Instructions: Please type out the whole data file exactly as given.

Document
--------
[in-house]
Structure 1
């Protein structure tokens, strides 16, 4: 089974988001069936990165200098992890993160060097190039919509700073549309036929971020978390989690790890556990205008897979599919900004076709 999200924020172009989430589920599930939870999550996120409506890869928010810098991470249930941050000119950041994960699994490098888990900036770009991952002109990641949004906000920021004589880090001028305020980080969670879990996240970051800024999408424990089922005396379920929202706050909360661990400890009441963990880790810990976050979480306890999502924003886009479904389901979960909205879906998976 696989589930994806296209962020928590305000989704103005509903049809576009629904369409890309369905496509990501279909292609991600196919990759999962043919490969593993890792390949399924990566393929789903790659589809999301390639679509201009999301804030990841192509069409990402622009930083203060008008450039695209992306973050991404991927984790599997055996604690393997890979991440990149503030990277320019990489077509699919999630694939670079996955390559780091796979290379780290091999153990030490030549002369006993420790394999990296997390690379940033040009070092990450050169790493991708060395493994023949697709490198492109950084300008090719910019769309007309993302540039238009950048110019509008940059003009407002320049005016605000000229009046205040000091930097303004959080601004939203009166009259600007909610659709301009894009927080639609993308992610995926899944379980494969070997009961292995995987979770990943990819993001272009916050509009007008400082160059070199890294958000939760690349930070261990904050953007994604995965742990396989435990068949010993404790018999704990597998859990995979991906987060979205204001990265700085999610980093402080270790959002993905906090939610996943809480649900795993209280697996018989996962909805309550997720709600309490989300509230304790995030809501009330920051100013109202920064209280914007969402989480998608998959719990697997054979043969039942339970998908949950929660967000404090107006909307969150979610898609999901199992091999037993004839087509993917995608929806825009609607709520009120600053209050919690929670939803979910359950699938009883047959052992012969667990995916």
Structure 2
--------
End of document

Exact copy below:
[in-house]
Structure 1
């Protein structure tokens, strides 16, 4: 089974988001069936990165200098992890993160060097190039919509700073549309036929971020978390989690790890556990205008897979599919900004076709 999200924020172009989430589920599930939870999550996120409506890869928010810098991470249930941050000119950041994960699994490098888990900036770009991952002109990641949004906000920021004589880090001028305020980080969670879990996240970051800024999408424990089922005396379920929202706050909360661990400890009441963990880790810990976050979480306890999502924003886009479904389901979960909205879906998976 696989589930994806296209962020928590305000989704103005509903049809576009629904369409890309369905496509990501279909292609991600196919990759999962043919490969593993890792390949399924990566393929789903790659589809999301390639679509201009999301804030990841192509069409990402622009930083203060008008450039695209992306973050991404991927984790599997055996604690393997890979991440990149503030990277320019990489077509699919999630694939670079996955390559780091796979290379780290091999153990030490030549002369006993420790394999990296997390690379940033040009070092990450050169790493991708060395493994023949697709490198492109950084300008090719910019769309007309993302540039238009950048110019509008940059003009407002320049005016605000000229009046205040000091930097303004959080601004939203009166009259600007909610659709301009894009927080639609993308992610995926899944379980494969070997009961292995995987979770990943990819993001272009916050509009007008400082160059070199890294958000939760690349930070261990904050953007994604995965742990396989435990068949010993404790018999704990597998859990995979991906987060979205204001990265700085999610980093402080270790959002993905906090939610996943809480649900795993209280697996018989996962909805309550997720709600309490989300509230304790995030809501009330920051100013109202920064209280914007969402989480998608998959719990697997054979043969039942339970998908949950929660967000404090107006909307969150979610898609999901199992091999037993004839087509993917995608929806825009609607709520009120600053209050919690929670939803979910359950699938009883047959052992012969667990995916």
Structure 2